Telephone Interviews: Good vs. Bad
Have you ever participated in a telephone interview? Was this call designed to be an initial screening of your skills or was this the preferred method of hiring? Traditional in-person interviews are the norm, but there are always circumstances where a telephone interview becomes necessary, and each has its benefits and drawbacks. Follow this list to get a better understanding of telephone interviews – the good and the bad.
You typically experience less anxiety
A large amount of anxiety is removed from an interviewee when face-to-face interaction is not present. With the ability to take a phone call from anywhere in the world, you will eliminate the added stress of traveling to a specific location. You can even take your phone interview in your own home, adding another source of comfort and lessening your anxiety. Plus, you don’t have to worry about your appearance or whether you’ve brushed your teeth that morning.
Geographical distance is not an issue
If you live across the country from the company that you are interviewing with, telephone interviews can be a wonderful solution. Geographical distance can be further resolved with the addition of video conferencing. The use of video will help to build that face-to-face communication that is so imperative to building social connections.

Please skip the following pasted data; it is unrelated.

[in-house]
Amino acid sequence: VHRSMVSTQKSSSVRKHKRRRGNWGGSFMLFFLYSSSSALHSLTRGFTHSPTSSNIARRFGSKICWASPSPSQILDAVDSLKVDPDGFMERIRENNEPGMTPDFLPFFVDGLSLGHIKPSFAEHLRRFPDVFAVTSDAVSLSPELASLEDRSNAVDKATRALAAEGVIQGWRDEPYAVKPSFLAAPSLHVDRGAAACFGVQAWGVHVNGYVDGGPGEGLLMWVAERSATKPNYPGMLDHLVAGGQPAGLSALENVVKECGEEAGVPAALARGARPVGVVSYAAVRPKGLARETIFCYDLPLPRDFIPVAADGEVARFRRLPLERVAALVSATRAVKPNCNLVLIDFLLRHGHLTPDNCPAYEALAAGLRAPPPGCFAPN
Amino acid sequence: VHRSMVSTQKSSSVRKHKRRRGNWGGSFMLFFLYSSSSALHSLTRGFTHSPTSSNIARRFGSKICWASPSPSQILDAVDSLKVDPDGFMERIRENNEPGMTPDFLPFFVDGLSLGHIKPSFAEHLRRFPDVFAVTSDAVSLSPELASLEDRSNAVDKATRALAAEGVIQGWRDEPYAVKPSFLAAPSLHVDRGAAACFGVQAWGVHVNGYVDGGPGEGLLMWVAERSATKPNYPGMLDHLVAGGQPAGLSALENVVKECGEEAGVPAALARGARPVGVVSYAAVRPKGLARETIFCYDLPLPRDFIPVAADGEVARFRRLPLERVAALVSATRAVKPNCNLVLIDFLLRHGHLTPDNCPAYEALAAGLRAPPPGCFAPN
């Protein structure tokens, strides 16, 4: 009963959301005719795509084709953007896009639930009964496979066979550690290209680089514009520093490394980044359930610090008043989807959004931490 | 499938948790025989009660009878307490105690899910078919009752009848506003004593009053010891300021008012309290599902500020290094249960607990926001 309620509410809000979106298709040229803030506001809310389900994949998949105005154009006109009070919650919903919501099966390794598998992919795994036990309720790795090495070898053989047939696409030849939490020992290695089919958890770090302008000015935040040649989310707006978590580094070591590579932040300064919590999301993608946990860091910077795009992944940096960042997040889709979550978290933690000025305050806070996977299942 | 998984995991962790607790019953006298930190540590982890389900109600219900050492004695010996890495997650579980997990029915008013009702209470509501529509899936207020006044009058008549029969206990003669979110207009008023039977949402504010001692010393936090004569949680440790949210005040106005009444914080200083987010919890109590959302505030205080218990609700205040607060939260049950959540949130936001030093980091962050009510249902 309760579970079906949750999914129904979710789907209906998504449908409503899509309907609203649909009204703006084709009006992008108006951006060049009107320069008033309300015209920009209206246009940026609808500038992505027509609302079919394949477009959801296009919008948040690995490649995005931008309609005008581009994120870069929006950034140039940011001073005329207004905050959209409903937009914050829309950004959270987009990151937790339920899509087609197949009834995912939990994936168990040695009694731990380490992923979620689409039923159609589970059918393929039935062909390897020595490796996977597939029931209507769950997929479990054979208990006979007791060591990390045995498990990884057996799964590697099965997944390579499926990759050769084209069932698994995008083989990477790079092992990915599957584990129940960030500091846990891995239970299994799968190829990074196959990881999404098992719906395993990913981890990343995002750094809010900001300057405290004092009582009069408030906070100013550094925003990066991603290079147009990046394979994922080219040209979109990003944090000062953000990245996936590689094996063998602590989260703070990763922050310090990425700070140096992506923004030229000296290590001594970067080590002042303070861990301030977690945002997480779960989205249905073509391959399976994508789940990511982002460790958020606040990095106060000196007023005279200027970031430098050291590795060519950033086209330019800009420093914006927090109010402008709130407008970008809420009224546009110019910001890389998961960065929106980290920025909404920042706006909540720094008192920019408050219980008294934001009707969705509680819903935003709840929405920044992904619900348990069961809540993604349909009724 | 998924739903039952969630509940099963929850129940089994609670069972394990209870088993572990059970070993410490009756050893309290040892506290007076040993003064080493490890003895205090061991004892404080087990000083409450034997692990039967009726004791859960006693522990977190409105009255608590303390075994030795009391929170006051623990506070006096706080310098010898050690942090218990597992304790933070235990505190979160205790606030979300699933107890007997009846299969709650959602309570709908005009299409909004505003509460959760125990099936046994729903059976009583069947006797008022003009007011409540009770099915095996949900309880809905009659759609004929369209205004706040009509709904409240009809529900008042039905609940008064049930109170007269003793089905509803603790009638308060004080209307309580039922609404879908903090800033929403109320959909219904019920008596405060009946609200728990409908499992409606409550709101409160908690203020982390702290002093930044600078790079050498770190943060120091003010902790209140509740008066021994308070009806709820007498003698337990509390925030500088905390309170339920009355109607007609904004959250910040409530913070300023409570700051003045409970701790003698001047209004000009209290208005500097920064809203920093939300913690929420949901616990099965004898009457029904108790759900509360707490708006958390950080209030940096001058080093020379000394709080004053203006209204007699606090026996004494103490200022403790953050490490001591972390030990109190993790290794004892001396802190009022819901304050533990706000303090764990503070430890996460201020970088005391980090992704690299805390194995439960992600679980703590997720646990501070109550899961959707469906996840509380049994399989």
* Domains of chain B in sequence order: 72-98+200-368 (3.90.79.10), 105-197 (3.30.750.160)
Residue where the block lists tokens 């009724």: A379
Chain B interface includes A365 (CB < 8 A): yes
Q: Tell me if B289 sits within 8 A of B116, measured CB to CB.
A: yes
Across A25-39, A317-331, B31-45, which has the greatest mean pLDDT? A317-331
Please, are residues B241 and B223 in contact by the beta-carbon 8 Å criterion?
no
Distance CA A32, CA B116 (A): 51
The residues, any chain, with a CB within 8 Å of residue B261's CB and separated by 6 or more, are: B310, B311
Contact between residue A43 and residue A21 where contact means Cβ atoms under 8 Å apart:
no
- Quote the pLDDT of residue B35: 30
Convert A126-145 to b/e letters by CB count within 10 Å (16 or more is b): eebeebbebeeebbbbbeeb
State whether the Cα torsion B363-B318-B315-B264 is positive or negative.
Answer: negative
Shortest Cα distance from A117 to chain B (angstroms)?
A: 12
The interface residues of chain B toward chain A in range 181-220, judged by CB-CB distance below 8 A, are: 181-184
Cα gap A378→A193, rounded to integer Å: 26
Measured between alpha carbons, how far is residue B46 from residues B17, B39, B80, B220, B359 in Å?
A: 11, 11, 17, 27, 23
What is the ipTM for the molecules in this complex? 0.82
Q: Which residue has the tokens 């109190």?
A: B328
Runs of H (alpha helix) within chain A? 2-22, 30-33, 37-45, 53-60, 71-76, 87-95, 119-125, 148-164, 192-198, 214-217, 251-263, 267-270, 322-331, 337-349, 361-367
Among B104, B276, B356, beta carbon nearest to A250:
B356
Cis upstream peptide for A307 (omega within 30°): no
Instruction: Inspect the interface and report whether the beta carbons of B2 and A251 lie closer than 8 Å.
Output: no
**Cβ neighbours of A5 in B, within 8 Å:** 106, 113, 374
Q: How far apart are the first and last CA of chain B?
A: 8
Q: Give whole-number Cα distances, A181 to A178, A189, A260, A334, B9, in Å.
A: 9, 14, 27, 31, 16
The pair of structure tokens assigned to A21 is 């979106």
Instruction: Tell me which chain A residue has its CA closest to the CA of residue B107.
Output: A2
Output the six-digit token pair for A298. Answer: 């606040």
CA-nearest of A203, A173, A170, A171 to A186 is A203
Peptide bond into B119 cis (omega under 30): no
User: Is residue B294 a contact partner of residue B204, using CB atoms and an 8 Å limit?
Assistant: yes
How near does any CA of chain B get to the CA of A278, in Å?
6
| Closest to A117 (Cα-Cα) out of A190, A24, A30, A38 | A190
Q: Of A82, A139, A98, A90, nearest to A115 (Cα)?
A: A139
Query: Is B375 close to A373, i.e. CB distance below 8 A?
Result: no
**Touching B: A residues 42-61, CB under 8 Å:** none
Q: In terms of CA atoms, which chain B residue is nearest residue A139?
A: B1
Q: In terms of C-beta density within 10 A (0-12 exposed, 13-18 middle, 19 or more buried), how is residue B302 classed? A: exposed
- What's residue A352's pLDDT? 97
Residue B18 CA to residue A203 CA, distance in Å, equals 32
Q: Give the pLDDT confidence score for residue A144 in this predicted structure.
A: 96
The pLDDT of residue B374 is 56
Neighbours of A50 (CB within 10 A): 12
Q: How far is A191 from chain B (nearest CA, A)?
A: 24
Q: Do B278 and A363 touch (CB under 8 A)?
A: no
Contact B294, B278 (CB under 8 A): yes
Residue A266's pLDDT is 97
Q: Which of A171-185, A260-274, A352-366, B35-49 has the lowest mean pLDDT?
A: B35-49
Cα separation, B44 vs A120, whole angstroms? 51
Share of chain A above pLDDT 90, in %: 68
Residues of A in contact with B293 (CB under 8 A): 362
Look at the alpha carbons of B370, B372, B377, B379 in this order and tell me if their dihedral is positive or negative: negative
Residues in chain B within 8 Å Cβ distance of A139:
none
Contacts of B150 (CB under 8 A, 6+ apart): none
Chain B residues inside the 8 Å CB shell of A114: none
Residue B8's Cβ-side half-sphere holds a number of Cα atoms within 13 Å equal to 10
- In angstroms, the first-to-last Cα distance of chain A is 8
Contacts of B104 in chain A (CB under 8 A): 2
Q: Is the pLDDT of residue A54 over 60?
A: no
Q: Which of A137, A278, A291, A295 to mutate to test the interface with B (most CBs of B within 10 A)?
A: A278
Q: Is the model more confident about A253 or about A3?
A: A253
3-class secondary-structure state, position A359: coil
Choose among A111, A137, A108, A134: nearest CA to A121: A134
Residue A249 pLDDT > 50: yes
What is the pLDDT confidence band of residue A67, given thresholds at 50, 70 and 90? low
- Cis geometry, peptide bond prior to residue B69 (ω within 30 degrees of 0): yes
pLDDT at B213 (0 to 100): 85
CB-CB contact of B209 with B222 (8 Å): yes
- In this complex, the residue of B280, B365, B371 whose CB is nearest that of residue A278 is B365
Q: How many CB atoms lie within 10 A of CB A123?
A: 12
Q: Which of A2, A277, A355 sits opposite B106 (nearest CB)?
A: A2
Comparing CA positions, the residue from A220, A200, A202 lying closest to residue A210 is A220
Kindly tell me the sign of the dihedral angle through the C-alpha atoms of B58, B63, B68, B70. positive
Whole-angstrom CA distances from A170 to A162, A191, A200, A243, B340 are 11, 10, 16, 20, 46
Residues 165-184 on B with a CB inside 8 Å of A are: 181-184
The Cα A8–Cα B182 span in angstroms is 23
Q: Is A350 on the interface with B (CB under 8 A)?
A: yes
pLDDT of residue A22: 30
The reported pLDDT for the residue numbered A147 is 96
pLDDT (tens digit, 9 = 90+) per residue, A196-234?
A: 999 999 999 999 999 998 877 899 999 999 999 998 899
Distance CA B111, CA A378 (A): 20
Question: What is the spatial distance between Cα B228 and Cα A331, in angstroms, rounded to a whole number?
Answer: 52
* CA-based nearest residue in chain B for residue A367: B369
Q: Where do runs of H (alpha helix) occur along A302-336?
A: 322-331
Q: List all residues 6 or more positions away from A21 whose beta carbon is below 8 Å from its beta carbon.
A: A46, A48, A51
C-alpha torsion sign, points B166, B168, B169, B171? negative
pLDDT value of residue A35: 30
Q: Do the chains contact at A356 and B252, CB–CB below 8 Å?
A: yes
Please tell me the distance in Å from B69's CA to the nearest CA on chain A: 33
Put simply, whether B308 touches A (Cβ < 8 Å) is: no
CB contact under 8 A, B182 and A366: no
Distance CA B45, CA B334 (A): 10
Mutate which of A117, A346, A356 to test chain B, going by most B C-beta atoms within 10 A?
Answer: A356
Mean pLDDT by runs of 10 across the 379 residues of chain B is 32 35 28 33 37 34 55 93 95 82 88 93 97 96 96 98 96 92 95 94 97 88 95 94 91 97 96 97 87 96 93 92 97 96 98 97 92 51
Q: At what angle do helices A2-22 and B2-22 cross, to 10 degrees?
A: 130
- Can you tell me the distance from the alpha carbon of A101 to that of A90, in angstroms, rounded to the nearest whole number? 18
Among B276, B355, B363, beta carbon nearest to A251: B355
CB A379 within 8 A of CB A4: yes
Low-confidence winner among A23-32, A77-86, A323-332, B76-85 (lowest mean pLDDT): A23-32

Can be difficult to build rapport
Building rapport is an essential part of making a good first impression during an interview. Telephones are an amazing piece of technology that enables us to communicate with people anywhere in the world. However, they do not allow you to use the same facial and social cues you would with interpersonal communication. To avoid this dilemma, interviewees should try to speak with great inflection and tone that truly infers their interest in a position. Otherwise, you may not get your point across without the hiring manager being able to see your facial expressions.
These interviews can be shorter
Telephone interviews can be shorter due to the hiring manager’s schedules or lack of formality. This can result in less time to sell yourself. Try to leave a good impression on those you are speaking with by practicing a short pitch before the interview. Brevity can be a disadvantage, but if you speak with confidence and can convey why you’d be an asset to their organization, you could receive a follow-up, in-person interview or perhaps an offer.
So, which is better?
In-person interviews are typically more in-depth than their telephone counterparts. Why might an employer choose one form of an interview over the other? Circumstances can determine this. However, as far as one being better than the other, at the end of the day, it comes down to how you perform during the interview.
So which type of interview do you prefer?
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